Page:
It is no accident that Pope John Paul II proclaimed St. Francis of Assisi patron of those who promote ecology. It was emblematic of his thinking on the subject which he addressed consistently throughout his pontificate.
In fact, the Holy Father raised the environment in his very first encyclical, Redemptor Hominis (The Redeemer of Man) in 1979. His teachings on creation, the environment, and stewardship are worth considering for their relevance to the current dialogue.
On January 1, 1990, the pope delivered his World Day of Peace message in which he noted the lack of due respect for nature, but also a new ecological awareness. According to Sister Marjorie Keenan, RSHM, who wrote a definitive history of the Holy See and the environment, this remains the only major papal document totally on the environment. The Holy Father reviewed the biblical account of creation and the reconciliation of humanity to the Father through the death and Resurrection of Christ, concluding that “When man turns his back on the Creator’s plan, he provokes a disorder which has inevitable repercussions on the rest of the created order.” Stating that “the ecological crisis is a moral issue,” he affirmed the obligation of all men and women to contribute to the restoration of a healthy environment. For Christians the responsibility within creation, and their duty towards nature and the Creator, are an essential part of their faith.
While defending the marketplace in the 1991 encyclical, Centesimus Annus (The Hundredth Year), the pope stated that
Equally worrying is the ecological question which accompanies the problem of consumerism and which is closely connected to it. In his desire to have and to enjoy rather than to be and to grow, man consumes the resources of the earth and his own life in an excessive and disordered way.
He describes this “senseless destruction of the natural environment” as being grounded in an “anthropological error” as to the true nature of human beings.
The magisterial Catechism of the Catholic Church (1994), one of the pope’s lasting contributions to the faithful, discusses “Respect for the integrity of creation” under the Seventh Commandment (“You shall not steal”). The Catechism follows long-standing Church teaching that the common good requires respect of “the universal destination of goods” as well as the right to private property. The goods of creation are destined for the whole human race. “The seventh commandment enjoins respect for the integrity of creation. Animals, like plants and inanimate beings, are by nature destined for the common good of past, present and future humanity. Use of the mineral, vegetable, and animal resources of the universe cannot be divorced from respect for moral imperatives,” states the Catechism:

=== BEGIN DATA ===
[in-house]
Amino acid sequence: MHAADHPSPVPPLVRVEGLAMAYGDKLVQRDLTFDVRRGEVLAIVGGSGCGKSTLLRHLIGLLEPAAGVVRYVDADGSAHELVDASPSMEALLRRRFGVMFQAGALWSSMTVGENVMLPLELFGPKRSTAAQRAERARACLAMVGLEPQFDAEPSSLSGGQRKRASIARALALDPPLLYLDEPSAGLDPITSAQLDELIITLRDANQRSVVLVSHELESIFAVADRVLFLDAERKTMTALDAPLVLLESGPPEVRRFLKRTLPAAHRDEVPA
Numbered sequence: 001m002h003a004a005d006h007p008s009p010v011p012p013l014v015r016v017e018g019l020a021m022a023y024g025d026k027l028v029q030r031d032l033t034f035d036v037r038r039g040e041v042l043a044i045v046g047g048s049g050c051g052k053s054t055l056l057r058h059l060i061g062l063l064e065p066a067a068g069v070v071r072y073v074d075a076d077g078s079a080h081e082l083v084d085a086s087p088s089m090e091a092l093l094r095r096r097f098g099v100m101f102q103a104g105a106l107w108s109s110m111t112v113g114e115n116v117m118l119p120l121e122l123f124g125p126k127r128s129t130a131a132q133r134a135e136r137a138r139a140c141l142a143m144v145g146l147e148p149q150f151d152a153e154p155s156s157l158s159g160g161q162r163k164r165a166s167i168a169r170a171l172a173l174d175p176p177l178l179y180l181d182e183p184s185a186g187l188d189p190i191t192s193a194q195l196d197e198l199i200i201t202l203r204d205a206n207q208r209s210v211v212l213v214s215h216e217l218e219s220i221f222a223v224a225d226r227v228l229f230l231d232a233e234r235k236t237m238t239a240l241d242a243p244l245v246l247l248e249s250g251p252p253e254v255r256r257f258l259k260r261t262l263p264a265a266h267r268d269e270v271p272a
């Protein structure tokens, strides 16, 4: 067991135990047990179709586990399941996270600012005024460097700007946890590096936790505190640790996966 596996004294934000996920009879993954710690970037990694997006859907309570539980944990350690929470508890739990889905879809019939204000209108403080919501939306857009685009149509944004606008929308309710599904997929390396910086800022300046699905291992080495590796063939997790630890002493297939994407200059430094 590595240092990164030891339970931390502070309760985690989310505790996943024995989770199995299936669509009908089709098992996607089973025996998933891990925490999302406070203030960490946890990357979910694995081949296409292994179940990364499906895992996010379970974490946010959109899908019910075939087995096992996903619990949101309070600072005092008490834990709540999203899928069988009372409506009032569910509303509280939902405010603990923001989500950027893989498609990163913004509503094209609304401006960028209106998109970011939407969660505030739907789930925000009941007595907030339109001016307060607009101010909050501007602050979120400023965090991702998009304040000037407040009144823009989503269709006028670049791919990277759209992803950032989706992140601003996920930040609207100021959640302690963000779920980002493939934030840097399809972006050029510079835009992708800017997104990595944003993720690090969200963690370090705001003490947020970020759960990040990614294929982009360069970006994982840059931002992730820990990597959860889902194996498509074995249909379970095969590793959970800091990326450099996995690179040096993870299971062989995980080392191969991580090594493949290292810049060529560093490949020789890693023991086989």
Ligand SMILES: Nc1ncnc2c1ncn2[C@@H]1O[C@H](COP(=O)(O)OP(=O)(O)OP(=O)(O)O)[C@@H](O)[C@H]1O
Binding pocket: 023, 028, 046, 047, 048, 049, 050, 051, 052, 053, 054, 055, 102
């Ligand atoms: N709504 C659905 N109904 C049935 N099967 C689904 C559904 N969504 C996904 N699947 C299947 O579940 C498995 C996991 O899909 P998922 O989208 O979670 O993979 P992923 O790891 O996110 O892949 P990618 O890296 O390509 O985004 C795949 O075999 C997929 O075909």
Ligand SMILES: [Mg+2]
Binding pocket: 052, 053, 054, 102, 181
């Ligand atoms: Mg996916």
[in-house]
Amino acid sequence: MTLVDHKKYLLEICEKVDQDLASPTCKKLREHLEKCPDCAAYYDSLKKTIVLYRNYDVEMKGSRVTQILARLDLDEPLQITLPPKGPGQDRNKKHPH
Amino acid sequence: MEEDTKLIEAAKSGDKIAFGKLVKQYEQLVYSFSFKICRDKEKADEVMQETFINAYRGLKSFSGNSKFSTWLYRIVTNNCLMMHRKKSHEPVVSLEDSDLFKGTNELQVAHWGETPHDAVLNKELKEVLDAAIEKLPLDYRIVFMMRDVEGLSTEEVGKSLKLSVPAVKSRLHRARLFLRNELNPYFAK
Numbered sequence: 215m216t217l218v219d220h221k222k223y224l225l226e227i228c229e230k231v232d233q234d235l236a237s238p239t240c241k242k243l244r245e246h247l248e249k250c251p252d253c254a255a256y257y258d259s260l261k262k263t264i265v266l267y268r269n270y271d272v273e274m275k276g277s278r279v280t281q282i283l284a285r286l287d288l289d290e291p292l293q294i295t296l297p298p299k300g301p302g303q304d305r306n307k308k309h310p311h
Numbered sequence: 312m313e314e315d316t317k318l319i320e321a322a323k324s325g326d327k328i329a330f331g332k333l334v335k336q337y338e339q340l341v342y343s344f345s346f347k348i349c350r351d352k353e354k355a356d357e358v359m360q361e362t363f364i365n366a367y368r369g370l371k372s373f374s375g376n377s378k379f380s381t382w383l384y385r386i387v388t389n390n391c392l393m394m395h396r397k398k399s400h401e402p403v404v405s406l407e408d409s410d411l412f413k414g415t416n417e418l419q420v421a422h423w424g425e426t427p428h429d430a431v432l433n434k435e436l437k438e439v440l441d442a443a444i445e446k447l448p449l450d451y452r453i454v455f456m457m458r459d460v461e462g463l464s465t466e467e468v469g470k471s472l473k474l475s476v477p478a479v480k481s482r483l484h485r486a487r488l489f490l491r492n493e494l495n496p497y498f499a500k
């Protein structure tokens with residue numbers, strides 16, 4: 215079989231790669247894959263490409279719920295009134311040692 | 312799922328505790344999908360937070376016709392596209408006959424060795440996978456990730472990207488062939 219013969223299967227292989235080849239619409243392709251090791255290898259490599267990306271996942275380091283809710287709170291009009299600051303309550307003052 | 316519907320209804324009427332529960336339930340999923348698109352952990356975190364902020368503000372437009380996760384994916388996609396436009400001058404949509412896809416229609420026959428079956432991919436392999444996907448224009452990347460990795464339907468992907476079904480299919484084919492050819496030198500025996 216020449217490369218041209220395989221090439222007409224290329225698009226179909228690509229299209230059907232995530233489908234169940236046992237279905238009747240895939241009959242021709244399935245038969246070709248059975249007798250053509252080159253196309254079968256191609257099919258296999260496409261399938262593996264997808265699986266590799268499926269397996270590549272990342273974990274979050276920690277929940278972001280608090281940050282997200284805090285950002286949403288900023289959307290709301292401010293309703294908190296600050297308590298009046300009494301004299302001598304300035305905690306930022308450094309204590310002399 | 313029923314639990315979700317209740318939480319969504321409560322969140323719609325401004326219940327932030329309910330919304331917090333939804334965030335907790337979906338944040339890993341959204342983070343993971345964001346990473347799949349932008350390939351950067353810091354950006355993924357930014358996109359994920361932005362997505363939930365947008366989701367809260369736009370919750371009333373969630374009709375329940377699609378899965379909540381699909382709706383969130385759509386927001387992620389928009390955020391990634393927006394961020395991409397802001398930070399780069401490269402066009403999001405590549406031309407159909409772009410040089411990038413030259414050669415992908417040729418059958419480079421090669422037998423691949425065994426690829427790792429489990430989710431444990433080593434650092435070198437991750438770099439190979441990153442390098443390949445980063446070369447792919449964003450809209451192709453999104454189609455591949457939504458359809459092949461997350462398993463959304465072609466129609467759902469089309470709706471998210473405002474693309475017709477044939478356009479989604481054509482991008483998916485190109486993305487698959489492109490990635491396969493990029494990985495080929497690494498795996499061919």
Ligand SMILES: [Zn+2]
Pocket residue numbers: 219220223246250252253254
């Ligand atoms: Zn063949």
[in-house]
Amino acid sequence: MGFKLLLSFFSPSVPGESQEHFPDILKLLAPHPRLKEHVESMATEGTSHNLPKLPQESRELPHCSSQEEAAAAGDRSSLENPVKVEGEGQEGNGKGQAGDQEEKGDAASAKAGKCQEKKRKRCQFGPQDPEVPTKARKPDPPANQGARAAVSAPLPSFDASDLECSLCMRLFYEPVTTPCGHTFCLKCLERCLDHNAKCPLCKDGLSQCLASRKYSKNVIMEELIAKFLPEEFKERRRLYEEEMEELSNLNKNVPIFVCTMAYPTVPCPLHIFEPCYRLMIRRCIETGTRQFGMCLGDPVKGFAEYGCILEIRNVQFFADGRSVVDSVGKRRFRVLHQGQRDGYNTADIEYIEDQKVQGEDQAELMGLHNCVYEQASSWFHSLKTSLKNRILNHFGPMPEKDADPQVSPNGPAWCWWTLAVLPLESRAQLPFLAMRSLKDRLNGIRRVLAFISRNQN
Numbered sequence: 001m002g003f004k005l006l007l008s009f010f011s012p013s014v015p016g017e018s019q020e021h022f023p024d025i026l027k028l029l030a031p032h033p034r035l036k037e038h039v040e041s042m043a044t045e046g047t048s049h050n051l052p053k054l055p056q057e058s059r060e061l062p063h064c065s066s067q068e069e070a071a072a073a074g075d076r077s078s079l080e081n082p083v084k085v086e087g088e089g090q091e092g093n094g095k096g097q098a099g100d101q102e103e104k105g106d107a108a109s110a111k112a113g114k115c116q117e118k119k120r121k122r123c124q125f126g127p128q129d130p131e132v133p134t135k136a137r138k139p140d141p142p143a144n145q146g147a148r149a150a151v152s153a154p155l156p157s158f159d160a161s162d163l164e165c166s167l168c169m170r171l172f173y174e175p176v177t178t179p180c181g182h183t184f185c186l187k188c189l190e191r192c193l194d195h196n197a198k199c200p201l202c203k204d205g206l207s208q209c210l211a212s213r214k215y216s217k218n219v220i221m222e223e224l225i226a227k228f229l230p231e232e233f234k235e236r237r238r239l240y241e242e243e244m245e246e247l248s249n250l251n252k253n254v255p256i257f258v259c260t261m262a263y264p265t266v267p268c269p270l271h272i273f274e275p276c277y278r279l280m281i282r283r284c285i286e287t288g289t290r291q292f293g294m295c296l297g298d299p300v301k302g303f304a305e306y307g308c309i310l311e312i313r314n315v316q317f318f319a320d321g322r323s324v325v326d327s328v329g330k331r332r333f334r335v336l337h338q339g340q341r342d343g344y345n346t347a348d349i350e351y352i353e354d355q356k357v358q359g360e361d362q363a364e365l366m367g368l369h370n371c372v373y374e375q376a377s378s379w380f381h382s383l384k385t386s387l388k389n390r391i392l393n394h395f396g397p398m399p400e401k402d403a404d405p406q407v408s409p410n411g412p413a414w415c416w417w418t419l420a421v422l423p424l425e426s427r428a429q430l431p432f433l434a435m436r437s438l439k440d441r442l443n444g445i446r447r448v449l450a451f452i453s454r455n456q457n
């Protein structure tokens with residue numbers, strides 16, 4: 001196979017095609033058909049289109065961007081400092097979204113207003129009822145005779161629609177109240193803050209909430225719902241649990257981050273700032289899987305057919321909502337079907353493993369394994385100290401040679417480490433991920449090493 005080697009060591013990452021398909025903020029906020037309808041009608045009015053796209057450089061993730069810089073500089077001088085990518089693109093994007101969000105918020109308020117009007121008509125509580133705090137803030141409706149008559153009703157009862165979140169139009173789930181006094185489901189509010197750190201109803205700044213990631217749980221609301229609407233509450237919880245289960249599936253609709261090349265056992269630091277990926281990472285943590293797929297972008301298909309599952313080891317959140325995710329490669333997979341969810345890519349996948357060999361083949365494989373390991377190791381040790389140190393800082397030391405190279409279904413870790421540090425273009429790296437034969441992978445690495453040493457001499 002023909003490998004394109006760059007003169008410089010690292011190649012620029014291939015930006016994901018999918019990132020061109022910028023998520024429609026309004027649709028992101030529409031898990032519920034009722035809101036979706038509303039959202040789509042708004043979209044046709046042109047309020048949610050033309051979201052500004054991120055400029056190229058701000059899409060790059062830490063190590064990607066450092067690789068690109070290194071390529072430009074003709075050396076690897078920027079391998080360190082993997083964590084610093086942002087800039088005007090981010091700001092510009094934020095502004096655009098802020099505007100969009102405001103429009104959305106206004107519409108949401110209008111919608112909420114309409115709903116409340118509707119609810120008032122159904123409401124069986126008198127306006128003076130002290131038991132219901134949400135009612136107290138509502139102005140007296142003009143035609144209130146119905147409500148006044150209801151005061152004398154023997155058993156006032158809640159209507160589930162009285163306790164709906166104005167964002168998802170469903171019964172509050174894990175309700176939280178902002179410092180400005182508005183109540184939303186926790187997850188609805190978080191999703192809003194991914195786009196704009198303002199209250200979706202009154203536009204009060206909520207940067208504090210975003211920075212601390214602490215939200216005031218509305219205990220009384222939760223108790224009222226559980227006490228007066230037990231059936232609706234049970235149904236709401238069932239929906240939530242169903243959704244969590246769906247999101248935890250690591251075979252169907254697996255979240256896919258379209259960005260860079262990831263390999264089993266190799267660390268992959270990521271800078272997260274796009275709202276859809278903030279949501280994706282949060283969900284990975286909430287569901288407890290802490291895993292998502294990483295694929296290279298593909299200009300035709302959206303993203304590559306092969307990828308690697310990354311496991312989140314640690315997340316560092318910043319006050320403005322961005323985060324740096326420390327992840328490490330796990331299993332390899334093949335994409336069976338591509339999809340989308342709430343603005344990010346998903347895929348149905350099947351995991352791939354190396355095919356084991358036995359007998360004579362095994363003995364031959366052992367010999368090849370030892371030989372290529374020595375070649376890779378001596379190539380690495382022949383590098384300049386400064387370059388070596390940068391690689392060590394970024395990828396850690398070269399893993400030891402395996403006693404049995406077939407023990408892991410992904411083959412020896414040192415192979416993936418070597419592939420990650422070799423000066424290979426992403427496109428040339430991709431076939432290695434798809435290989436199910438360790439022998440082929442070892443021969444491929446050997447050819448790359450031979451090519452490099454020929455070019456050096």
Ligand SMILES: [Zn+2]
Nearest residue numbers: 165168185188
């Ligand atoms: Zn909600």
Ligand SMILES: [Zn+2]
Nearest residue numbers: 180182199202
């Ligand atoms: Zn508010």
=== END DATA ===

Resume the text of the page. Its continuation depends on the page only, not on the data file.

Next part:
Man’s dominion over inanimate and other living beings granted by the Creator is not absolute; it is limited by concern for the quality of life of his neighbor, including generations to come.
In his 1995 Encyclical Letter, Evangelium Vitae (The Gospel of Life), the Pontiff affirms that
…man has specific responsibility towards the environment in which he lives, towards the creation which God has put at the service of his personal dignity, of his life, not only for the present but also for future generations.
He emphasizes that
[i]t is the ecological question ranging from the preservation of the different species of animals and of other forms of life to “human ecology” properly speaking which finds in the Bible clear and strong ethical direction, leading to a solution which respects the great good of life, of every life….
This is because, “when it comes to the natural world, we are subject not only to biological laws but also to moral ones, which cannot be violated with impunity.”
And in 2002 the pope issued a joint declaration with Ecumenical Patriarch Bartholomew, the spiritual leader of Orthodox Christians, which stated that
Christians and all other believers have a specific role to play in proclaiming moral values and educating people in ecological awareness which is none other than responsibility toward self, toward others, toward creation.
Another priest-poet, Gerard Manley Hopkins, expressed this unique, sacramental mode of perceiving the natural world, similar to that articulated by John Paul II. In his poem, “God’s Grandeur,” Hopkins exclaimed,
The world is charged with the grandeur of God.
It will flame out, like shining from shook foil;
It gathers to a greatness, like the ooze of oil
Despite being “seared with trade; bleared, smeared with toil” and the fact that it “wears man’s smudge and shares man’s smell,” the world is ever new. “And for all this, nature is never spent;/ There lives the dearest freshness deep down things.” This fact Hopkins attributes to “the Holy Ghost” which “over the bent/World broods with warm breast and with ah! bright wings.”
John Paul II grounded his ethic of stewardship in the dignity of man created in the image and likeness of God as reflected most fully in the Word made flesh. He steers clear of materialism and pantheism, embracing a sacramental view of creation as a visible manifestation of God. Stewardship as articulated by the pope does not come with easy answers. The Holy Father would be the first to recognize the paramount role of the virtue of prudence in human affairs. Still, his teaching on stewardship offers a true compass for thinking about the environment based as it is on his strong faith, his keen intellect, and his outdoorsman’s love of nature.
© Copyright 2005 Catholic Exchange
G. Tracy Mehan III served as assistant administrator for water at the US Environmental Protection Agency, 2001-2003. He is a principal with The Cadmus Group, Inc., an environmental consulting firm in Arlington, VA